So, no red boldface for Disgrace. But I Wikipediaed the bibliography, most of which I'd never seen, and started looking. Waiting for the Barbarians, purchased in Calgary on the way to Banff for the comics conference, is a masterpiece. This strange allegorical book, which recounts the life of a frontier magistrate in the pay of an unnamed internally collapsing empire, and his act of witness as his outpost slowly melts into the shifting sands it was founded upon, reminds me of Kafka's best parables, and the Cormac McCarthy who wrote Blood Meridian. It's a remarkable novel. The Kafka comparison isn't overstated; Barbarians is as well-written, as merciless and as clear-eyed as any of Kafka's work. Read it!

Youth, which I finished last night, is a lesser but no less well written book, a thinly fictionalized account of Coetzee's emigration from South Africa to London as a young man. I red-bolded it, too, while recognizing that, objectively speaking, it's not up to Barbarians' standard. How could it be? Most writers are lucky to have a single masterpiece; not everyone's career flops an ace-high flush. Most of us must be content with a single or two pair. But certain parts of Youth struck deeply with me: the narrator's acute provinciality, his sense of always somehow pacing a step or two behind the the avant-garde. And Coetzee's London is as grey as Vancouver in November, all sulphurous, chilly fogs and freezing rain.

"Anyone can photograph a ghost!" Dru spotted these spooky characters (#101 & #102, respectively) yesterday out at UBC. A picture I'd be proud to make, those skinny trees in the middle distance a particularly nice Corot-ish touch.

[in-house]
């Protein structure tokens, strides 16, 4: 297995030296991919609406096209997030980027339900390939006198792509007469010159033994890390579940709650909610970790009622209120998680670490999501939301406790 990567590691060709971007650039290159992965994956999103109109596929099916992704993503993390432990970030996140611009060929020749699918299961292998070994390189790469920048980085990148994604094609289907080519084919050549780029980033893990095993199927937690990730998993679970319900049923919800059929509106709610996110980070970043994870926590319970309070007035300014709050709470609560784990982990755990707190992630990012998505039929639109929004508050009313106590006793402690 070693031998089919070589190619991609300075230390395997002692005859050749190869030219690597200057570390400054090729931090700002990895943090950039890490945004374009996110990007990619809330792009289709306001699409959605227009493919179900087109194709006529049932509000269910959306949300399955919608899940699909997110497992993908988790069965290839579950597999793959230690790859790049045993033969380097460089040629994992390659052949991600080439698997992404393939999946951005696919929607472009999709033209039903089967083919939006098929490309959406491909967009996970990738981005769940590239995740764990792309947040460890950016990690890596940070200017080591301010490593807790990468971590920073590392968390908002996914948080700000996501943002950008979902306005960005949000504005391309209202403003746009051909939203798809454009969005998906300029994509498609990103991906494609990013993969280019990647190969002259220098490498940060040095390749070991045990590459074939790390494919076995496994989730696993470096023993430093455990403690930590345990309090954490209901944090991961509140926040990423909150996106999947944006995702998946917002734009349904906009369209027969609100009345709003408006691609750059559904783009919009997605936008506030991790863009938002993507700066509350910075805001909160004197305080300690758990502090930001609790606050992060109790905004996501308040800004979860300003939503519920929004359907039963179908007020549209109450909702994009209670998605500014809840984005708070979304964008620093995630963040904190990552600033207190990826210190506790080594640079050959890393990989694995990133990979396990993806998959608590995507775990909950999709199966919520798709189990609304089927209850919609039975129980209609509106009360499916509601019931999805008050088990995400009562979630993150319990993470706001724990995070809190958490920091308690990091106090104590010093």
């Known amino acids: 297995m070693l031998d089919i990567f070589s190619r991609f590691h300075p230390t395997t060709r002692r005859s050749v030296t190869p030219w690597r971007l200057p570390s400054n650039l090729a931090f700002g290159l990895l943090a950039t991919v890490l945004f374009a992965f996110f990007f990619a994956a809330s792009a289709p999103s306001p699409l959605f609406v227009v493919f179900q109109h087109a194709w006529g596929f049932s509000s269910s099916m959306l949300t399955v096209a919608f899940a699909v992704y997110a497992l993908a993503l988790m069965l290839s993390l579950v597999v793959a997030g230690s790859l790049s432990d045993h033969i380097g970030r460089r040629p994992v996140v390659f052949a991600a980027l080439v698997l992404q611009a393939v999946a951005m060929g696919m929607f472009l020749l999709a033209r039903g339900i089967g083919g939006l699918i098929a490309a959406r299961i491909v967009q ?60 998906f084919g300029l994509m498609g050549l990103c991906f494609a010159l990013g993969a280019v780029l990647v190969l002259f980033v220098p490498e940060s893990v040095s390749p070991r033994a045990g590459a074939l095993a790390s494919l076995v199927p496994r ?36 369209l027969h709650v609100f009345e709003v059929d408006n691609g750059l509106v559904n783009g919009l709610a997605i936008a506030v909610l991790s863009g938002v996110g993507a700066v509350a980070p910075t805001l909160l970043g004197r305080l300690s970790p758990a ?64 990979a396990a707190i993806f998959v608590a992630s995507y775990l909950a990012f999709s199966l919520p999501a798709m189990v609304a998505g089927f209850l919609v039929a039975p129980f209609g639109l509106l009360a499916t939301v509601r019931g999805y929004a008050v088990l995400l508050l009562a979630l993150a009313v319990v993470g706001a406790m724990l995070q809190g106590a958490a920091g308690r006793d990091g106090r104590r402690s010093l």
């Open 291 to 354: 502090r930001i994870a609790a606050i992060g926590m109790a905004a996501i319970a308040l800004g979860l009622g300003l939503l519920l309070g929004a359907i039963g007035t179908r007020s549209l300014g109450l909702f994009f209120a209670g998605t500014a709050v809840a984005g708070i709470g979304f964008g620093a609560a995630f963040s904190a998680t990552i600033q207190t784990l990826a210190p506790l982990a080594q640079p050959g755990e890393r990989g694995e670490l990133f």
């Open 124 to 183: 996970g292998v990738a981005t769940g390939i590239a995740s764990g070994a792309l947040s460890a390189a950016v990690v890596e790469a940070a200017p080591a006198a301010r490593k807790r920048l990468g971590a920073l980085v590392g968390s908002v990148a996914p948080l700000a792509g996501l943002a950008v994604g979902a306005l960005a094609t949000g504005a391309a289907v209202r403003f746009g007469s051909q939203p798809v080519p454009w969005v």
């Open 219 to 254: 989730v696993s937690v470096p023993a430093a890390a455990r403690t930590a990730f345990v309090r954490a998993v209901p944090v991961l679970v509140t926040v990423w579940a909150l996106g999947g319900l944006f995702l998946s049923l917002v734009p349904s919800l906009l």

Sunday, June 25, 2006

James Brayshaw, 22 June 2006, 2006
Waste My Time, Please -- yet another gripping episode

PHONE: Ring!

CJB: Pulpfiction Books, good evening.

FEMALE CALLER WHO SOUNDS APPROXIMATELY 9 YEARS OLD: Do you buy short story essay books?

CJB: What are you proposing to sell me?

FC: I don't know. The book's not here. Just wait, okay?

[60 seconds of silence. CJB hangs up]

PHONE: Ring!

CJB: Pulpfiction Books.

FC: The author's name is Roger.

CJB: And his last name?

FC: I don't know!

CJB: Well, I'm not buying any of Roger's books at the moment. Thanks for calling.

FC: Your ad doesn't say that!

CJB: What, that I don't buy books by Roger?

FC: That's right! You should put that in, so you don't confuse people.

CJB: I'll get right on that.

Locked door and cold frosty beer on the way momentarily!
Out on the sidewalk:

LULULEMON CLAD UPWARDLY MOBILE YOUNG WOMAN (to friends): That's the restaurant where I had my New Year's Eve date -- you know, where we broke up!
R.M. Vaughan is R.M. Vaughan

Jamie Tolagson checks in from Victoria:

"About that article in Canadian Art: It seems like it should be obvious to anyone at this point that photography did away with the kind of subject-hierarchies that are implied by a phrase like 'garbage is garbage' sometime around the 1920s, if not earlier. The idea that there are worthy subjects and unworthy subjects is so hilariously antithetical to the very idea of art (and especially photographic art) that it seems degrading to even have to respond to such a claim. It's the kind of opinion you'd expect to read in the letters section of the Province, not in a national art magazine. . . .Garbage is garbage? A pepper is also a pepper, that didn't stop Weston from making a photograph of it that most people had no trouble calling art. It feels ridiculous to even type something so self-evident. But why stop there? A flag is a flag, a jukebox is a jukebox, a starry night is a starry night, a human face is a human face! Replace the word 'garbage' with any other word and let the phrase put an end to art history as we know it!"